Monday 15th June
Fountain House is a large building on West 47th Street, in the Hell's Kitchen district, West of Midtown. There are five stories. Most of the work spaces are open plan. The top floor is a glass-walled addition with a mezzanine. Parts of it appear like traditional offices, others are more like the receptions spaces of a Victorian town house.

I am shown around by Maria. She has been a member of the Clubhouse for six years. She's in the First Floor Unit. They deal with admissions and visitors among other things. She tells me there are something over three hundred active members at the moment. All members have diagnosis of either Schizophrenia, Bi-Polar Disorder or Depression. I see the Research Unit, where they are collecting data on attendance and outcomes, and where they also organise weekend activities like the film club and outings. I see the Clerical Unit where much of the administration is taken care of and the newsletters are produced, and the Kitchen Unit (an enormous catering facility in the basement with a dining area that can seat nearly 200). I see the Education Unit where photo cards on the wall show the twenty or thirty members who are, with the help of Fountain House, currently in full or part time education. I learn about the supported work system they run here, where placements are found in willing companies and cover is provided by staff and other members (if anyone has a bad day, someone will always be there to do their job - this is the clever insurance policy Fountain House have designed to make the placements realistic for employers). After giving me the tour she has to go back to the office and make some calls to members who haven't been seen in a while. I am offered a follow-up meeting with Alan Doyle, Director of Education and Training. He deals with the developing Clubhouses, helping people set them up and learn about the principles involved.

We talk a little bit about the brain injury Clubhouses I've seen in Virginia. Alan says he doesn't know much about them. He says I should have visited the one in Ontario. I ask why. He says it's the only one that's based on the authentic principles of the Clubhouse movement. 'Is authenticity important?' I ask. Alan pauses. He replies with a question: 'When you came in here what was it that struck you about the place?' It's a confident question. But perhaps he already has the sense that I understand something about what they are doing. I tell him I could imagine working at Fountain House. I say I believe you can tell a great deal about an organisation by its premises and by how things are arranged. I say I like the natural light and the views from the top floor, I like the open doors, I like the furniture and the freedom of movement. I like the patios with the flowers and plants. I like the paintings on the walls. I say the place has character. It seems like a place where people are making an effort, where people care about the building and the spaces inside. I say it's an environment where I imagine people can enjoy their work and feel healthy. I say if an organisation is trying to help people who are already distressed, it needs to be a place where everyone, including the staff, can feel relaxed and positive, where people will want to spend time.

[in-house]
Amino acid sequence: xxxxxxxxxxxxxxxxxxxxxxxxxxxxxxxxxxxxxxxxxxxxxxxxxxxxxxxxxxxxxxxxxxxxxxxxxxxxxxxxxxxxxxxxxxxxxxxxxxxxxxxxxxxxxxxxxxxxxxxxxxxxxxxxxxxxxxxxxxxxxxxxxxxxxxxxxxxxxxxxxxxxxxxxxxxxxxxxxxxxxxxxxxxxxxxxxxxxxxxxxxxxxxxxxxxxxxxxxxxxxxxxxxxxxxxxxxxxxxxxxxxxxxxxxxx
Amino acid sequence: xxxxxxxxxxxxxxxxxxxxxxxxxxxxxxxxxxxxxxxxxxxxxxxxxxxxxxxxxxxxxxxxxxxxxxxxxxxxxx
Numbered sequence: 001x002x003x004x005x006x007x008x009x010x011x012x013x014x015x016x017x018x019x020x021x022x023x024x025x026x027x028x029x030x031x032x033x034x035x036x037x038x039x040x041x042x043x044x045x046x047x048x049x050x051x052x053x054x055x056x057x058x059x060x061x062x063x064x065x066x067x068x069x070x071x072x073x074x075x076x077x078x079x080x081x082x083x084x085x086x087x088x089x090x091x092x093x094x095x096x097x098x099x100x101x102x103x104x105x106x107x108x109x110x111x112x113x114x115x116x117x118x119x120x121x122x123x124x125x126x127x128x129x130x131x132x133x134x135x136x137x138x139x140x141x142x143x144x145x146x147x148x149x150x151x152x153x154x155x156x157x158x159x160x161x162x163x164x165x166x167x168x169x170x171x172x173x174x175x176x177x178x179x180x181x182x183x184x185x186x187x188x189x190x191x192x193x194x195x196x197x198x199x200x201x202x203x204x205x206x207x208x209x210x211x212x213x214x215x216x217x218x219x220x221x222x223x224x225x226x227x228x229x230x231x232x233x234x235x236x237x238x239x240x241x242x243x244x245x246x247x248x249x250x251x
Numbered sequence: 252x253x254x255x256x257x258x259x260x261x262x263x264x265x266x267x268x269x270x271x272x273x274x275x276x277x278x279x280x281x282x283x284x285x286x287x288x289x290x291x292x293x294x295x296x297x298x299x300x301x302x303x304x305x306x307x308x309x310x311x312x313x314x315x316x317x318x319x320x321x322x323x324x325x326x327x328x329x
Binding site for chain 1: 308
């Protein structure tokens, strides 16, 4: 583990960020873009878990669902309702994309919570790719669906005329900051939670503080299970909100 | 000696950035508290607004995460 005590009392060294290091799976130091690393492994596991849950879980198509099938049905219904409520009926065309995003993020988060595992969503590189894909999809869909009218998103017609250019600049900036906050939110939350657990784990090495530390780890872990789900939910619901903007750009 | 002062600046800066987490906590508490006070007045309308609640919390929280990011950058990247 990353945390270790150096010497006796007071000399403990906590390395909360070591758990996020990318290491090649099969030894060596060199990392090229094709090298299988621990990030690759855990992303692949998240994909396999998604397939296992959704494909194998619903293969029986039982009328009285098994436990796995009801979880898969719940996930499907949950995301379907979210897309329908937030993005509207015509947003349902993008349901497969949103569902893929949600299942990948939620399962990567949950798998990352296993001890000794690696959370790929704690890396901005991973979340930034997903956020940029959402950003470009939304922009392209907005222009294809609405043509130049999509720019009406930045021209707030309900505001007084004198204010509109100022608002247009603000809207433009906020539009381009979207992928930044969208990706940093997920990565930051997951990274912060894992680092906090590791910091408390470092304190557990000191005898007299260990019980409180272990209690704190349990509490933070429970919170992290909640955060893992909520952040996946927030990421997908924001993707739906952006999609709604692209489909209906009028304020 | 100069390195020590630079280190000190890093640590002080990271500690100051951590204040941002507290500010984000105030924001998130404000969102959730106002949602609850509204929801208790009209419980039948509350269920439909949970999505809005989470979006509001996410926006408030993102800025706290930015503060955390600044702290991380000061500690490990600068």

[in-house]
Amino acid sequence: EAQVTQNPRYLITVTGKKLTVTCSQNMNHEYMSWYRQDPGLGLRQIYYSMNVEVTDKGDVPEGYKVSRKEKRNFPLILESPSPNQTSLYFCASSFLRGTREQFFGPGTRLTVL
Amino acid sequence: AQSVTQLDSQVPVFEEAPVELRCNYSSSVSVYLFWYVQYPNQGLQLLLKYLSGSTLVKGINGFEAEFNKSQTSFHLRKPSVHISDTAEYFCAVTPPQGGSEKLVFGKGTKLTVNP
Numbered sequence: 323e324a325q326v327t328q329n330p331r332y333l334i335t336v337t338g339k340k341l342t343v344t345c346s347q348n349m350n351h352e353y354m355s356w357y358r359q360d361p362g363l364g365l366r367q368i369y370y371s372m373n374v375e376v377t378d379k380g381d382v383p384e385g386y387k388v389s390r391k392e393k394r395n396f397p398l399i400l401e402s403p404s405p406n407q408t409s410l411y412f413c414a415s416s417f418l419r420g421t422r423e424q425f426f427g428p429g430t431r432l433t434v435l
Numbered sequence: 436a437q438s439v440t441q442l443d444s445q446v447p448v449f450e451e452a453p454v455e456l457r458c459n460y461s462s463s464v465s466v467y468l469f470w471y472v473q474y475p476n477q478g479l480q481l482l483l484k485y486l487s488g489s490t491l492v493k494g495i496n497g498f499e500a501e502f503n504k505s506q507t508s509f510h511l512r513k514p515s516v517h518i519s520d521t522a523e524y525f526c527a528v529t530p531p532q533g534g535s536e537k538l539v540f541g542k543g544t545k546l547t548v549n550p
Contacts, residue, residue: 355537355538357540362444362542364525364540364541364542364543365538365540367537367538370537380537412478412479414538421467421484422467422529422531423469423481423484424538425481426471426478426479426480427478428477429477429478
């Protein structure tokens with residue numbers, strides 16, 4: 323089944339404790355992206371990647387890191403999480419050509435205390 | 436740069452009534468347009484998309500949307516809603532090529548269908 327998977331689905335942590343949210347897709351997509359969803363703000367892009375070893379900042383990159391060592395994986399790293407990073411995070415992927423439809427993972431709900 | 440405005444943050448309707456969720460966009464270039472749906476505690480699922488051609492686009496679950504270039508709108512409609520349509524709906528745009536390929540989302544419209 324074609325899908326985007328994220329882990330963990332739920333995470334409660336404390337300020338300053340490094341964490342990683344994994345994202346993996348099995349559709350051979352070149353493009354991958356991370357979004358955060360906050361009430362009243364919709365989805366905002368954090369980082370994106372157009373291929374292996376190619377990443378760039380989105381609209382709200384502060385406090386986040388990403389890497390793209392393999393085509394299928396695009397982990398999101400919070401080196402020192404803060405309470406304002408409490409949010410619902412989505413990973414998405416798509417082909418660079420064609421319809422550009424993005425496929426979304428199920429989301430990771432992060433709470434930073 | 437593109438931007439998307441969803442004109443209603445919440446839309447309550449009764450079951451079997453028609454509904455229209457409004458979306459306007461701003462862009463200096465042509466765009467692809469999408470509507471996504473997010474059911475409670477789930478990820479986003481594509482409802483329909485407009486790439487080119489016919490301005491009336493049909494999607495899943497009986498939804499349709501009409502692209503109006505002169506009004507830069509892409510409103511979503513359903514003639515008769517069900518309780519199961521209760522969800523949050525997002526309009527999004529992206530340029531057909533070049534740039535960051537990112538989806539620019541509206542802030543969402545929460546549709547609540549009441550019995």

Alan nods. 'It's not like that by accident,' he says.
But the Fountain House is familiar to me. I feel at home here. The atmosphere, the way people relate to one another, reminds me strongly of where I work. And I don't work in a Clubhouse.

As though to illustrate the point, a man walks into the office talking fast, a garbled stream I find hard to understand. He walks right through the open door and up to Alan who smiles somewhat warily, raising his hands behind his head. I get the impression this is a regular occurrence. But Alan is patient and treats the man with respect. He says 'Yes, I know. I'm busy just now.' I detect something beneath the interaction: that on some level Alan likes this man, despite his interruption, despite all the times this has happened before, despite the fact that what he is saying is right out of context, or that no matter what Alan says to him they will have the same conversation again next week or tomorrow or later today - despite all this, Alan has a connection to this strange man. He knows him and values him. The man has facial hair and his clothes seem ill-fitting. He doesn't seem to notice me until Alan points me out. 'This is Ben, he's come to visit from England.' The man turns. His speech slows to a halt and he takes me in. He shakes my hand and introduces himself. He seems like a decent guy. During our meeting we are interrupted twice more - once by a guy who ducks his head in, apparently merely to introduce himself: 'My name is Steve, who are you?' - and once by a phone call from someone determined to book a place at an event. As Alan puts the phone down I ask if he was the right person for that phone call. He laughs. 'I am as far as he's concerned. He knows I'll make it happen for him.'

Alan gives me the contact details of the Clubhouse in London (the mental health one). He tells me there used to be twenty in Britain, but that all but two have now folded. He doesn't know why. The number of Clubhouses globally hasn't grown in ten years. I ask him if there's something we need to be doing - all of us that work with people with cognitive, psychiatric or learning disabilities. All the people who have trouble advocating for themselves, lobbying. I ask him whether he thinks a time will come when we need to team up? He breaths out slowly and puts a hand to his brow. 'It's a good question. But you know, working here with these guys takes up all of my mind, all of my efforts.'

Down stairs I meet another man who tells me he is the president of the Clubhouse. I ask how many years he's been in the role. He says years. He goes around, he knows everyone, he makes sure things are OK. I ask him if he was elected. He laughs and says 'No! Self appointed!' Outside I bump into Steve again and we talk for a moment about England and music. He likes the Beatles. All except John Lennon. I ask what he has against John Lennon. He says he just prefers George Harrison and Ringo Star.
Sunday 14th June

Saturday 13th June

Friday 12th June